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Torch Farm Vets Newsletter – December 2017

Cow Ear Tags

Whilst out on farms we are seeing more and more animals with no ear tags at all….so just a quick reminder on current rules.

When a calf is born, the keeper must comply with the cattle identification regulations, which include:

  • Ensuring it is fitted with an approved ear tag in each ear
  • Applying for a cattle passport within the legal deadlines to BCMS
  • Entering the animal’s details in the holding register

What tags to use

Each animal needs one primary and one secondary ear tag, both showing the same unique individual identification number.

The primary tag must be a yellow plastic distance-readable flag tag 45 mm top to bottom and 55 mm wide. It can go in either ear. Each part of the primary tag shall only contain the following information: the Crown logo, the country code (‘UK’), the herd mark and a six-digit individual animal number.

The secondary tag must be in the other ear. It must have the same information as the primary tag, but may also contain management information; this should not affect or confuse the official identification information on the tag. Secondary tags do not have to be the same as primary tags: they can be made of metal or plastic, and of a different size or style.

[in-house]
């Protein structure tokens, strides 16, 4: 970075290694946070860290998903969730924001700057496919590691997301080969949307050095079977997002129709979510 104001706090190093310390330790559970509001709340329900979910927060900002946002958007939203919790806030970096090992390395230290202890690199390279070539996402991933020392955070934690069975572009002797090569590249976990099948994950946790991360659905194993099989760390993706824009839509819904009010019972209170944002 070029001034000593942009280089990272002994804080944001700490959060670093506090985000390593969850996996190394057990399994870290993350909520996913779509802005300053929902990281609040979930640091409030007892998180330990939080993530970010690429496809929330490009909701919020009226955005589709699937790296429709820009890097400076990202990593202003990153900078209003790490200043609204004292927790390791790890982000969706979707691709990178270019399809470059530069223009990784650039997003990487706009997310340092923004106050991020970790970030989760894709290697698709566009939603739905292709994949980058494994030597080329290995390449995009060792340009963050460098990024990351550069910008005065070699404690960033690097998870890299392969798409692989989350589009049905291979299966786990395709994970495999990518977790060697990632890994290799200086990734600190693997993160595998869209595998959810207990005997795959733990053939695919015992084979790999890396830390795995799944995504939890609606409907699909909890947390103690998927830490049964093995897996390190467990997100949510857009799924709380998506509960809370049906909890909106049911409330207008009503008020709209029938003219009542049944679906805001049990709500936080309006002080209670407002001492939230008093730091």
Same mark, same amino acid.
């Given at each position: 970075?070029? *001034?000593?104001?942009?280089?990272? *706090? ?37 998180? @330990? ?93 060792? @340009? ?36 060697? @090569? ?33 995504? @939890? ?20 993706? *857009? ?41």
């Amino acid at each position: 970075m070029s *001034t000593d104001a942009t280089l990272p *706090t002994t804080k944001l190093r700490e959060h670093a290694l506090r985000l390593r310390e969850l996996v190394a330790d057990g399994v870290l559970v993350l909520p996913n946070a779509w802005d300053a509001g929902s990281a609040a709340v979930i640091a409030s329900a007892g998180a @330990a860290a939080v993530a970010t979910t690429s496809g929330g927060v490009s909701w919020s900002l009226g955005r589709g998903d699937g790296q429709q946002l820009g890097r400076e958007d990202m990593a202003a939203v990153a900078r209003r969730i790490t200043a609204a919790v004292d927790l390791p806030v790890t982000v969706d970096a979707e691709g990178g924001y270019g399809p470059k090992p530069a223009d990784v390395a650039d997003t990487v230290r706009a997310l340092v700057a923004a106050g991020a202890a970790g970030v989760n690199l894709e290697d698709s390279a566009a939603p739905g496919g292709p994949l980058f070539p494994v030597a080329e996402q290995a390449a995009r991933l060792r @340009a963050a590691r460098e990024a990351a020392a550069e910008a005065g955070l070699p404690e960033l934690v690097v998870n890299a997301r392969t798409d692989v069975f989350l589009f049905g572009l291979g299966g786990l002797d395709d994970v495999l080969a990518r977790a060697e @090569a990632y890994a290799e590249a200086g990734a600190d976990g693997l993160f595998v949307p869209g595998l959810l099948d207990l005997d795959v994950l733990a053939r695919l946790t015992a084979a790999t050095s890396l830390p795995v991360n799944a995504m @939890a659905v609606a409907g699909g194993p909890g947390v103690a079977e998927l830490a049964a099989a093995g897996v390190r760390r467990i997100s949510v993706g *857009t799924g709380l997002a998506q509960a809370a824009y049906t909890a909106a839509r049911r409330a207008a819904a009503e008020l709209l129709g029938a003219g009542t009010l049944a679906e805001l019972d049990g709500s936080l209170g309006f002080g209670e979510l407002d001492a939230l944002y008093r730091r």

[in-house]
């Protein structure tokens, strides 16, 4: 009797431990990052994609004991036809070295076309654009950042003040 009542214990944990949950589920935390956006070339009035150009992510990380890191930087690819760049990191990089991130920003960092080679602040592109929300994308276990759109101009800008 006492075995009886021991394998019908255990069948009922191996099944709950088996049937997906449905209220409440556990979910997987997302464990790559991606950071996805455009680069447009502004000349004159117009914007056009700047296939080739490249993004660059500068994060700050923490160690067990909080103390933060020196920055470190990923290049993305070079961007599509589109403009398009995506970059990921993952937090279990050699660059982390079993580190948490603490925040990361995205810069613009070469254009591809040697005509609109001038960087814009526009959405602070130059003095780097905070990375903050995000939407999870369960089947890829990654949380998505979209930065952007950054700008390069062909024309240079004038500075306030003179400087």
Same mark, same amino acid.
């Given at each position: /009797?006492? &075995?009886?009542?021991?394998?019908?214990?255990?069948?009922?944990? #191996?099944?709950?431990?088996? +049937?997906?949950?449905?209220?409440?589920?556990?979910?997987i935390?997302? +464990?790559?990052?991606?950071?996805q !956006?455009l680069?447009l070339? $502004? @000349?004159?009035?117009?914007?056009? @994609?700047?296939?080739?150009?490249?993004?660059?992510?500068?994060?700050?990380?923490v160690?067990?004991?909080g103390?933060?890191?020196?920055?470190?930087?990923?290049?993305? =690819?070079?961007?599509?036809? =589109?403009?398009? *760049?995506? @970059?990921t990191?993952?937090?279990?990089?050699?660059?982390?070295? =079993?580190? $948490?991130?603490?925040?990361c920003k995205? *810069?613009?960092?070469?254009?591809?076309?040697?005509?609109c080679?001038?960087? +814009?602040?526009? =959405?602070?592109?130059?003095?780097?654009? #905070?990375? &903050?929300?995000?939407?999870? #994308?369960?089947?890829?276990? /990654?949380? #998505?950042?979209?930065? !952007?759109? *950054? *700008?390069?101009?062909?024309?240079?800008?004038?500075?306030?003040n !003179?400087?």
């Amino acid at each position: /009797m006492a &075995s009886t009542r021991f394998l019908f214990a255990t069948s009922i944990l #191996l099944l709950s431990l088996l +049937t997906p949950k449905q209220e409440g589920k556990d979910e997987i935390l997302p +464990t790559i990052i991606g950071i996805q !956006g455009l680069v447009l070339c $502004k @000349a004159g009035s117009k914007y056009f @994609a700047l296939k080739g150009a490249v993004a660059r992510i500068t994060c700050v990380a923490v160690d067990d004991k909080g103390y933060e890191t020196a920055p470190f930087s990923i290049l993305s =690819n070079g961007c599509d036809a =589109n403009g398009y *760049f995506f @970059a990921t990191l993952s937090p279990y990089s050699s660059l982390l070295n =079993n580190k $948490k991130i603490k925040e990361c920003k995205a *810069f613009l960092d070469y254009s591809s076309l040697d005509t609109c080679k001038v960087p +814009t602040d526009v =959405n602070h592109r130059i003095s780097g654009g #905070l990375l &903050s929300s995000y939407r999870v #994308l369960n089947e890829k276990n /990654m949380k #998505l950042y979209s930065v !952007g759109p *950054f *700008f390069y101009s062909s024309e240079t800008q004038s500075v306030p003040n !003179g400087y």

When to tag new born animals and apply for cattle passports

You cannot move a calf or cow off a holding without the correct ear tags in place and without a passport (except in exceptional circumstances on welfare grounds, in which case you must apply for a movement licence by contacting BCMS). Note that you do not have to apply both tags at the same time and you can choose whether to fit the primary or the secondary tag first.

Calf Type Deadline for fitting first tag Deadline for fitting second tag Deadline for getting passport application to BCMS
Dairy Within 36 hours of birth Up to 20 days from birth within 27 days of birth
Beef Up to 20 days from birth Up to 20 days from birth within 27 days of birth
Bison Within 9 months of birth, or before weaning, whichever is sooner Within 9 months of birth, or before weaning, whichever is sooner within 7 days of birth

If an untagged animal dies before these deadlines you do not need to tag it, but you must record its date of birth and date of death against the dam number in your holding register.

If a keeper discovers an ear tag applied under these Regulations has become illegible or lost they must, within 28 days of discovery, replace it with an ear tag bearing the same number.

For more information on this subject please speak to a member of the team.

 

Keyhole Surgery for Cows

Laparoscopy, or keyhole surgery, is becoming an alternative technique for the correction of left displaced abomasum’s.

Here at Torch we have been successfully using this technique since 2016. Currently our farm vet Daniel (pictured here) is trained in the procedure and is actively training additional Torch vets, so we can offer this service throughout the practice.
Laparoscopy is widely seen as a less invasive type of surgery and it is already well established in human medicine. The advantages are as follows:

  • minimally invasive – only 2 very small incisions, and no suturing is needed after surgery.
  • In a well restrained animal, with minimal manipulation of abdominal organs – the whole procedure can be finished in as little as 20 mins.